Vitamin C and the risk of Preeclampsia.

Date:

08-Jul-2002

Source

Epidemiology

Related Monographs

Consumer Data: Vitamin C
Professional Data: Vitamin C

Article

Vitamin C is a water-soluble vitamin that is stored in many tissues throughout the body, but the adrenal glands contain the highest concentration. The best sources of this vitamin are fresh fruits, especially citrus fruits, strawberries, cantaloupe and currants. Fresh vegetables, especially Brussels sprouts, collard greens, lettuce, cabbage, peas, and asparagus are also good sources.

Vitamin C has been heavily researched for its role in a long list of functions in the body. First, it is involved with the production of collagen and elastin, which are necessary for the health of skin, tendons, joints, bones, teeth and blood vessels. Secondly, vitamin C functions as an antioxidant thus helping to limit damage to the body from free radicals. It also enhances the antioxidant activity of vitamin E. Vitamin C is important for production of the hormones that help the body respond to physical stress. Also, vitamin C may reduce some inflammatory reactions because it possesses anti-histamine activity. Finally, vitamin C can help the body rid itself of heavy metal toxins like mercury, lead, cadmium and nickel.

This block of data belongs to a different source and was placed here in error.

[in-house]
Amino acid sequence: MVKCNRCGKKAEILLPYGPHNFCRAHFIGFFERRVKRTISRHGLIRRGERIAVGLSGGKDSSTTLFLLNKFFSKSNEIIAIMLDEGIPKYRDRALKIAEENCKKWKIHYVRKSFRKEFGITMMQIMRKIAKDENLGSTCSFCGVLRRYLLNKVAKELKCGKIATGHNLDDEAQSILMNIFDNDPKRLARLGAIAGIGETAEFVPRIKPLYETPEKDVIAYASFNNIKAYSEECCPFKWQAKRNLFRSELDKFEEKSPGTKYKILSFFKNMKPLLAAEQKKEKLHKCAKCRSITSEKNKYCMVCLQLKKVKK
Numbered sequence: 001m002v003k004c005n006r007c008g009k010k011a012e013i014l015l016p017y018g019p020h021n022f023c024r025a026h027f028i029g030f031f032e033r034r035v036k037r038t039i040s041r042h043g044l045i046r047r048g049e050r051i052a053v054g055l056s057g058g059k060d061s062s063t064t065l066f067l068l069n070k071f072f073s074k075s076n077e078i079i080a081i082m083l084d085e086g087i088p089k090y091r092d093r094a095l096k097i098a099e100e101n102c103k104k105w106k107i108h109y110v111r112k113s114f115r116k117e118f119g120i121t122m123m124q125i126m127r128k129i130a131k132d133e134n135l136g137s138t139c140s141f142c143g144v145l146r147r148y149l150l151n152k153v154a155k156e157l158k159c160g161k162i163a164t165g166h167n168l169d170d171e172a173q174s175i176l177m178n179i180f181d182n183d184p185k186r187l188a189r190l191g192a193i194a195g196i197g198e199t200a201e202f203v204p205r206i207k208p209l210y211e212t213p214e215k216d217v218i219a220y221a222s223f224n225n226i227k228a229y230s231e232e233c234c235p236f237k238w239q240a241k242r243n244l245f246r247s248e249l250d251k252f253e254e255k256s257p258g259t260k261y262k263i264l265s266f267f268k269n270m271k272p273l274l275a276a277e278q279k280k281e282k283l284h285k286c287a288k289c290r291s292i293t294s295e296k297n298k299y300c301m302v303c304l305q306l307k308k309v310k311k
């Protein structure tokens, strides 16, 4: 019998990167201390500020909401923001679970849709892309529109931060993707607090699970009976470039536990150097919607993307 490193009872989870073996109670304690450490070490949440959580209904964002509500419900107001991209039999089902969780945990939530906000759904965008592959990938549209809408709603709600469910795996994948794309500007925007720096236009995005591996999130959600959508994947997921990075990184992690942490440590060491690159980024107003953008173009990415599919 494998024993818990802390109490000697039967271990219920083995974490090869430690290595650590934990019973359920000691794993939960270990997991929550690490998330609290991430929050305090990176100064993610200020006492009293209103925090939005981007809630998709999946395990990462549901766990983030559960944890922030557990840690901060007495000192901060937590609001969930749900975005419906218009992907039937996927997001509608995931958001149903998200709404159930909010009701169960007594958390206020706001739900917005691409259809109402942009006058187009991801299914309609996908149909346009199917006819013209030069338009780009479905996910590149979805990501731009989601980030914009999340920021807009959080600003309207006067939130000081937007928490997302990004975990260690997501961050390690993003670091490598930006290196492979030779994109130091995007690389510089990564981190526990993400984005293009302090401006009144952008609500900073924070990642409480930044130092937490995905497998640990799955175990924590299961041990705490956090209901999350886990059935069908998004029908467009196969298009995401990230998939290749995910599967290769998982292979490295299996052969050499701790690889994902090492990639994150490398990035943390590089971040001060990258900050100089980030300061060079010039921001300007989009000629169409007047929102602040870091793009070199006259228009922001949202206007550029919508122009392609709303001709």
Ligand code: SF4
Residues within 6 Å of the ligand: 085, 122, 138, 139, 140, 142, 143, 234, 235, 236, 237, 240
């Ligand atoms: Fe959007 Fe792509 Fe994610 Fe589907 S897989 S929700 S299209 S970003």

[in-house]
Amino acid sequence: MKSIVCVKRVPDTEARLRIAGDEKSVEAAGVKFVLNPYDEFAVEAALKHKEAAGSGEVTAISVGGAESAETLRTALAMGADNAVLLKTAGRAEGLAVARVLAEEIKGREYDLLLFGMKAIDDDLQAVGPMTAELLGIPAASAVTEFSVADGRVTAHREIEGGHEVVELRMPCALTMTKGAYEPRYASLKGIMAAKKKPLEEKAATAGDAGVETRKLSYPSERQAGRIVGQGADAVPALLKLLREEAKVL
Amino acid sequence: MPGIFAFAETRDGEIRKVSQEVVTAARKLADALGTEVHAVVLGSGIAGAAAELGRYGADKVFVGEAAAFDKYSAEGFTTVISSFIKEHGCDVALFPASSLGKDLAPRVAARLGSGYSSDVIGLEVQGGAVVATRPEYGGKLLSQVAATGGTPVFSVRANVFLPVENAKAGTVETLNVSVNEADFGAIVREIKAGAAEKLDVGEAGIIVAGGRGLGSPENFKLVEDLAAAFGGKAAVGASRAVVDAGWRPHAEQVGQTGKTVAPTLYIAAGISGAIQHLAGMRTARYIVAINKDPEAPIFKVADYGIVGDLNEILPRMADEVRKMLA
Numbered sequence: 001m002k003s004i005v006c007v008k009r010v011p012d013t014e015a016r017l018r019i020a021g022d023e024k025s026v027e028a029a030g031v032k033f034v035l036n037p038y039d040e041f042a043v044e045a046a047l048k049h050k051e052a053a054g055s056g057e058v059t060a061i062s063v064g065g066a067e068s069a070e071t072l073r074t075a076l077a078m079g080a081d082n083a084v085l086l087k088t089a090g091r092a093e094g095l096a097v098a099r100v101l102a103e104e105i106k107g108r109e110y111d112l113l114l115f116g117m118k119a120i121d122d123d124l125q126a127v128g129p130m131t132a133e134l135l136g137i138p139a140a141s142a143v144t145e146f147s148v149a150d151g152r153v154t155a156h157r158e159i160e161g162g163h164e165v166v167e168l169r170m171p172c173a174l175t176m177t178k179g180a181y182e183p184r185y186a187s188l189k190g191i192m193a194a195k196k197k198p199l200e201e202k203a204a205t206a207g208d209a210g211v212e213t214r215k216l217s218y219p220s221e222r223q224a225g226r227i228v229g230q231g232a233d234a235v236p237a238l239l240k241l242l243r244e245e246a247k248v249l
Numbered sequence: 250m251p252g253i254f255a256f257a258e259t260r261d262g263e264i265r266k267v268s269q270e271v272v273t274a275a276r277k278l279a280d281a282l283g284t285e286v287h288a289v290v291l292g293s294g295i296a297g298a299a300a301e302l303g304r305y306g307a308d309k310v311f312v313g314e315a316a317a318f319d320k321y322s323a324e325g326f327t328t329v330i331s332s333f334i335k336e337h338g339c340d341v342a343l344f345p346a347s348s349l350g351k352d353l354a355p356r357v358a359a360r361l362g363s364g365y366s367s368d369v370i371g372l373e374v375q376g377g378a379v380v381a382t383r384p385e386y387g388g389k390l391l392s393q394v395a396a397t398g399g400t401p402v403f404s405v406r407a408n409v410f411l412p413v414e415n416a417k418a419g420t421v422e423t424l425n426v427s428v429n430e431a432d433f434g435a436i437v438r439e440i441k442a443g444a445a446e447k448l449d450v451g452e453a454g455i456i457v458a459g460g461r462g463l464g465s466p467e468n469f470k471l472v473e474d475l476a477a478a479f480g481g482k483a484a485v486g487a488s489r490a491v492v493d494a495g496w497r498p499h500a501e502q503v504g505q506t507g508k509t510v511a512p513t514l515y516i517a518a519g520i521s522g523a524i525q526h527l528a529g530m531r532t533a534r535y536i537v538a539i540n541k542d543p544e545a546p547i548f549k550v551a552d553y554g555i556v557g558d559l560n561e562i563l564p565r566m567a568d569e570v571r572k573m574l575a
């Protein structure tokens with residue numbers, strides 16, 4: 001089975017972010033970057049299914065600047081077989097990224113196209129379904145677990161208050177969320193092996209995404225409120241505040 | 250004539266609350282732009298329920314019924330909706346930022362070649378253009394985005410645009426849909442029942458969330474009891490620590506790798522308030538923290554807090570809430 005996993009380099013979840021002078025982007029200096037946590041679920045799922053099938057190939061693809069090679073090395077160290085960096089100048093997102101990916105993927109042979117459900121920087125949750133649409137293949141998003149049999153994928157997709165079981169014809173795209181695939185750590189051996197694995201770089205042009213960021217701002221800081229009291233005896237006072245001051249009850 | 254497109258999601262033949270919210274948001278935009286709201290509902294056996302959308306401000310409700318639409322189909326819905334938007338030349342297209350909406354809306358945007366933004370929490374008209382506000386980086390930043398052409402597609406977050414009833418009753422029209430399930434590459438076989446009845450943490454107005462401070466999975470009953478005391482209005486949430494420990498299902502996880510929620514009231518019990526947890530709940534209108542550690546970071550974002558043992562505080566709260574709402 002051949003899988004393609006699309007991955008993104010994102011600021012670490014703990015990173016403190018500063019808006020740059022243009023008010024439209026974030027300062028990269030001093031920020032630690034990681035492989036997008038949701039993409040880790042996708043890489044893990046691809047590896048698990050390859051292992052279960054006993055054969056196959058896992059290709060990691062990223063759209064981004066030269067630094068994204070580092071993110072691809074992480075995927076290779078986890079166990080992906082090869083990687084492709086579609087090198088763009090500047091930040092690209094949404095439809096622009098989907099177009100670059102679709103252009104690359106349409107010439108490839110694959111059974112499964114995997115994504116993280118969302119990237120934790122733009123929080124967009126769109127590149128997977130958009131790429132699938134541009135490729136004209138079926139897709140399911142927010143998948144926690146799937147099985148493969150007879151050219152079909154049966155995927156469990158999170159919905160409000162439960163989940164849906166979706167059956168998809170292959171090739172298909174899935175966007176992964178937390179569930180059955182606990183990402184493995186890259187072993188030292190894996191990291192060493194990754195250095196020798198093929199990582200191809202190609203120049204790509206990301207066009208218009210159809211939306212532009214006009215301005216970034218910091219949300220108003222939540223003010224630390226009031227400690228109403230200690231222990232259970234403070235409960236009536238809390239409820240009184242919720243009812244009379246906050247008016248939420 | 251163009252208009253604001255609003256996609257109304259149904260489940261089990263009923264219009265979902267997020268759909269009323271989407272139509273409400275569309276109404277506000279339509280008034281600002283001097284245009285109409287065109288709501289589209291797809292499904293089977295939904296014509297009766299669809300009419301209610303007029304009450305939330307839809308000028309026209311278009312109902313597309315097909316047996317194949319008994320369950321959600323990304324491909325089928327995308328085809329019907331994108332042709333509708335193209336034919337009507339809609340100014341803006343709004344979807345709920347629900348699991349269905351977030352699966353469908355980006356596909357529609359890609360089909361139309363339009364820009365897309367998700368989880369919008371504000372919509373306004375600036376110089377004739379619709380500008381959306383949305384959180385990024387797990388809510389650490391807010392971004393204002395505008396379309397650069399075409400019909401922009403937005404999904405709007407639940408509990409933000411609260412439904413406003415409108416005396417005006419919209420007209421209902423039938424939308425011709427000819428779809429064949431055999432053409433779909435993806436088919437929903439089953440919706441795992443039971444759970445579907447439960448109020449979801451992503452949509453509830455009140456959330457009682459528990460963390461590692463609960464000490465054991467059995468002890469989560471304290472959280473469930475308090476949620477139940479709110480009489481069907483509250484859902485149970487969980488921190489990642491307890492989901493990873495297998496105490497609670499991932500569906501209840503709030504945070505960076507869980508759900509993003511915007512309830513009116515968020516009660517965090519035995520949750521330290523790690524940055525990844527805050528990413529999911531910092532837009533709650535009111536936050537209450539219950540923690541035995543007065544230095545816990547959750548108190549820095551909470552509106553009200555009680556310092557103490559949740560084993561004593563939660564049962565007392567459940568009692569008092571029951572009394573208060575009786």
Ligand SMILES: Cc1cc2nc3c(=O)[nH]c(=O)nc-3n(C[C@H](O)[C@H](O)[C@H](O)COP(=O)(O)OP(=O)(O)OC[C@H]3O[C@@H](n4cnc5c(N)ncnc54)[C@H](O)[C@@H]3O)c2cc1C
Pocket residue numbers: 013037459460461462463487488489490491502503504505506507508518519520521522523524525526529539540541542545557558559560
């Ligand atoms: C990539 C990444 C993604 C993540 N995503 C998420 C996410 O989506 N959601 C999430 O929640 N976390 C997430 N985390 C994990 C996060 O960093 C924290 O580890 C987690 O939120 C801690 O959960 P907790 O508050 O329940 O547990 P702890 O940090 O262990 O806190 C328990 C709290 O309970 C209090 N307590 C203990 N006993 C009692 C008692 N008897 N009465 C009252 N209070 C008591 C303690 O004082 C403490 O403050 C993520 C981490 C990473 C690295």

A recent study published in the journal Epidemiology, investigated the relationship between dietary vitamin C and the risk of preeclampsia in pregnancy. Plasma vitamin C levels were assessed in two groups of women, the case-control group which included 109 women with preeclampsia and the control group of 259 healthy women. Food questionnaires recorded the dietary intake of vitamin C in both groups during conception and pregnancy. The results showed that women consuming less than 85 mg of vitamin C daily had a doubled risk of preeclampsia, even after adjustments for age, BMI, and other factors. The authors concluded that, " Our results, if confirmed, would suggest that current public health efforts to increase intake of fruits and vegetables rich in vitamin C and other antioxidants may reduce the risk of preeclampsia."1

References

1. Zhang C, et al. Vitamin C and the risk of preeclampsia- Results from Dietary Questionnaire and Plasma Assay. Epidemiology. Jul 2002; 13:409-416.